I recently attended a first class conference and participated in a panel discussion about Jewish believers in Yeshua and past, present and future modalities and trends of sharing Yeshua-faith with other Jews. As a panel participant, I felt I had to address an emphasis that emerged in the discussion—that we should be meeting our people where they are, which meant bringing a somewhat secularized, trendy and diluted religious message to a somewhat secularized people. This sounded good to some people I am sure, but not to me. A major speaker at the conference spoke of being culturally relevant to the Jewish people. While I agree, I challenged him that we must also be covenantally relevant. What a concept! And how often neglected!
Let’s begin that journey toward covenantal relevance by adding two other considerations to “meeting our people where they are.”
We must supplement that concern with meeting our people where they will be. It is not enough to mobilize and to meet our people where they are, because our people are on the move. We must prepare to meet them where they will be. Otherwise, by the time we implement our strategies to meet them where they are they will have moved. This may be compared to a quarterback throwing the football down field, If he throws the ball to where his receiver is, he will miss him—every time. He must throw the ball to where the receiver will be. The same is true of us.
On this matter I recently had a long breakfast with a world class leader who is intimately acquainted with the condition of the Jewish people worldwide. He agreed with me that with the combined pressures of the rise of militant Islam and of anti-Zionism and anti-Semitism, the Jewish people are beginning to coalesce—to draw closer together and to sharpen their religious identity. Although our people may be largely secularized, this is changing, and he emphatically agreed with me that this is not where they will be. Therefore, we must prepare to meet our people not simply where they are, but where they will be. And if Jewish believers in Yeshua are not unambiguously involved in Jewish religious life, and promoting the normative Jewish values, and behaviors, we will simply be perceived to be irrelevant and even threatening outsiders.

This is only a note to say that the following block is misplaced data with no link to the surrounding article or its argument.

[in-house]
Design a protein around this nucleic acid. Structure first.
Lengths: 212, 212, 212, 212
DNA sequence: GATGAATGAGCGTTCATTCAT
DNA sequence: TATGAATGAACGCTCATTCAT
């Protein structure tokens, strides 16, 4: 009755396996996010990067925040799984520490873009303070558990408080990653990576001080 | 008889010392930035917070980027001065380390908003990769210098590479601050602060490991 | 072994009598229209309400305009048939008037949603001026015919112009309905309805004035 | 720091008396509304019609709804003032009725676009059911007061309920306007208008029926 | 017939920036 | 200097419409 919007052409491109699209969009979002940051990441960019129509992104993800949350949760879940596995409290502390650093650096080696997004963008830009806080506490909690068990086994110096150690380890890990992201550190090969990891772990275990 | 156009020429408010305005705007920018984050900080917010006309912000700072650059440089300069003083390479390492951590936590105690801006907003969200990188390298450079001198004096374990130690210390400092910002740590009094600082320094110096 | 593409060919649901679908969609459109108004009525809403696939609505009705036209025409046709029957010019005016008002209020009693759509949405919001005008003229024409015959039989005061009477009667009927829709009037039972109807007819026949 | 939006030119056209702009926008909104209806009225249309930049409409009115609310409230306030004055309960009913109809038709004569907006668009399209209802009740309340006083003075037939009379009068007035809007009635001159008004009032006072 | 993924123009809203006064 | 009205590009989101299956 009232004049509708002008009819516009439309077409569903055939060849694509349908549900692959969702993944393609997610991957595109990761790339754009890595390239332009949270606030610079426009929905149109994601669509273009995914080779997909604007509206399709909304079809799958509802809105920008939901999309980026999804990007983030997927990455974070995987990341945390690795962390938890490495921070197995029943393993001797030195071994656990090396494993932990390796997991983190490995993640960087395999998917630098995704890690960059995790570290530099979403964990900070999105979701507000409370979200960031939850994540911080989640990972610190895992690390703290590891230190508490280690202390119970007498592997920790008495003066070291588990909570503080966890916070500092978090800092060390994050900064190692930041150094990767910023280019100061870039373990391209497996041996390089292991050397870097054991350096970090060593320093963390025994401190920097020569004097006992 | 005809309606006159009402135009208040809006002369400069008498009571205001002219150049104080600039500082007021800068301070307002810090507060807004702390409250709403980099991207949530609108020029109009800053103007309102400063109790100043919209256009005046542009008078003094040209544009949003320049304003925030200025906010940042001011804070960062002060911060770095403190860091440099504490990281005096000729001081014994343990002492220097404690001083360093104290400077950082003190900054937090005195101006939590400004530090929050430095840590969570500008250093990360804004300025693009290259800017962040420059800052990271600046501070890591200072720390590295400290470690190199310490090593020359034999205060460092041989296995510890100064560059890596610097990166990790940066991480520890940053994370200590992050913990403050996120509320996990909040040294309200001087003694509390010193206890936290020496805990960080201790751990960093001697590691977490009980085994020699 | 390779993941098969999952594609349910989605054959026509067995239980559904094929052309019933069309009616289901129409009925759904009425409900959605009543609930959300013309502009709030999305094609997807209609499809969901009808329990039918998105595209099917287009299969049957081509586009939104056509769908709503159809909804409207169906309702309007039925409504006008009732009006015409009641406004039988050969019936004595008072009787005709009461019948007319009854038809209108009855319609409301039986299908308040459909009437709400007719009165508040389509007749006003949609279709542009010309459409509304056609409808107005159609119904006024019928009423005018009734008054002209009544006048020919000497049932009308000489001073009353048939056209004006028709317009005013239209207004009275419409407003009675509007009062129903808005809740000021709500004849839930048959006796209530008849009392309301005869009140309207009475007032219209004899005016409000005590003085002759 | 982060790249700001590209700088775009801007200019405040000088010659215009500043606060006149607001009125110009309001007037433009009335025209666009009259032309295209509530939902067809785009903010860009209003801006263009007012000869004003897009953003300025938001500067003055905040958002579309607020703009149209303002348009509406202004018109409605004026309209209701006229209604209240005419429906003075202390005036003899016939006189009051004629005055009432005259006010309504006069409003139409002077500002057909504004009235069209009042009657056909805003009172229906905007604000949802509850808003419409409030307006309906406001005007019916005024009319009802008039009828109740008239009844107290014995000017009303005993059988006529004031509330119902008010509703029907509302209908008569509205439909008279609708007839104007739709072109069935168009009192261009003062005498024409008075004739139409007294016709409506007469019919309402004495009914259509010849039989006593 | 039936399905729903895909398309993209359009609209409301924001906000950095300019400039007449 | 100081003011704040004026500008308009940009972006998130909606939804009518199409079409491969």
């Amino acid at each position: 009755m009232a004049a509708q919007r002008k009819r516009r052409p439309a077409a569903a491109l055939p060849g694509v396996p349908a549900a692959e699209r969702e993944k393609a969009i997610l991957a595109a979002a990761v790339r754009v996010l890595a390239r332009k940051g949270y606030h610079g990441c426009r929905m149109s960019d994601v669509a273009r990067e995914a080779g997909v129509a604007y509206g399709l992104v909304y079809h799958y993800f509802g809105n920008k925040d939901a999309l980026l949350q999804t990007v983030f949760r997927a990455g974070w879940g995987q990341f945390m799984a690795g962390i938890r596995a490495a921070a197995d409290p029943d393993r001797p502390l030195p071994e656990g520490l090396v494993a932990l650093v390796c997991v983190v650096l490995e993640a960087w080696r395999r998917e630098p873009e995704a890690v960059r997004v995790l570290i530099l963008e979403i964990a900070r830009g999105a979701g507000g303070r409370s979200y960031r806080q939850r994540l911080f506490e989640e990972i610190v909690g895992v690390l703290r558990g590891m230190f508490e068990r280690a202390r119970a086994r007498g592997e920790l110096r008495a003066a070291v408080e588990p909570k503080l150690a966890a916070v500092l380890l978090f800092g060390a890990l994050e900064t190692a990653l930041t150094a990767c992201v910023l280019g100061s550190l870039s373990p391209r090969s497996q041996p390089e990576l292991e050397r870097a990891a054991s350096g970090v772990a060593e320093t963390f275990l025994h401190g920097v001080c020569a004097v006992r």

Finally, besides meeting our people where they are, and meeting them where they will be, we must grapple with the responsibility of leading our people where they ought to go.
A young leader at this conference sharply disagreed me on this, waving his hand dismissively, “It isn’t our business tell people where they ought to go: that is their decision to make.” While this may be a trendy post-modern viewpoint, and while it won the assent of some people, I must protest. Let me give two reasons.
The first reason is that we are called to be leaders among our people. And what else is the process of leading people if it is not taking them on journey from where they are to where they ought to be? And how can we lead people to where they ought to be if we don’t know where we are going? People need leaders, and leaders need destination points toward which they are leading their people. Indeed, we should be telling our people where they need to go, that is if we claim to be leaders among them.
The second reason we must prepare to meet our people not only where they are but also where they need to be, prepared to tell them where they now need to go is the testimony of the sure word of prophecy. For example, Ezekiel 37:24 says this of the Jewish people at the end of days, “My servant David will be king over them, and they will all have one shepherd” (this means the Jewish people will serve the Messiah) “and they will walk in My ordinances and keep My statutes and observe them” (this means the Jewish people will observe Torah). Therefore, leading Jews to believe in Yeshua without leading them to obey Torah is only half the job and totally inadequate because the King is the Lawgiver and Jews cannot serve our Messiah-King without obeying His law. As subjects of the King, we should obey His Law. Saying “Yes Sir” and living ” No Sir ” never worked very well.
Yes, we should be meeting our Jewish people where they are. But also yes, we should be meeting them where they will be, with stronger intentionality about Jewish life and identity as that life and identity is increasingly under threat in our day. But we should also be leading our people where God wants them to go: to faith in our Messiah and obedience to his Torah.
Or, we can simply wander in the wilderness. We have lots of experience with that.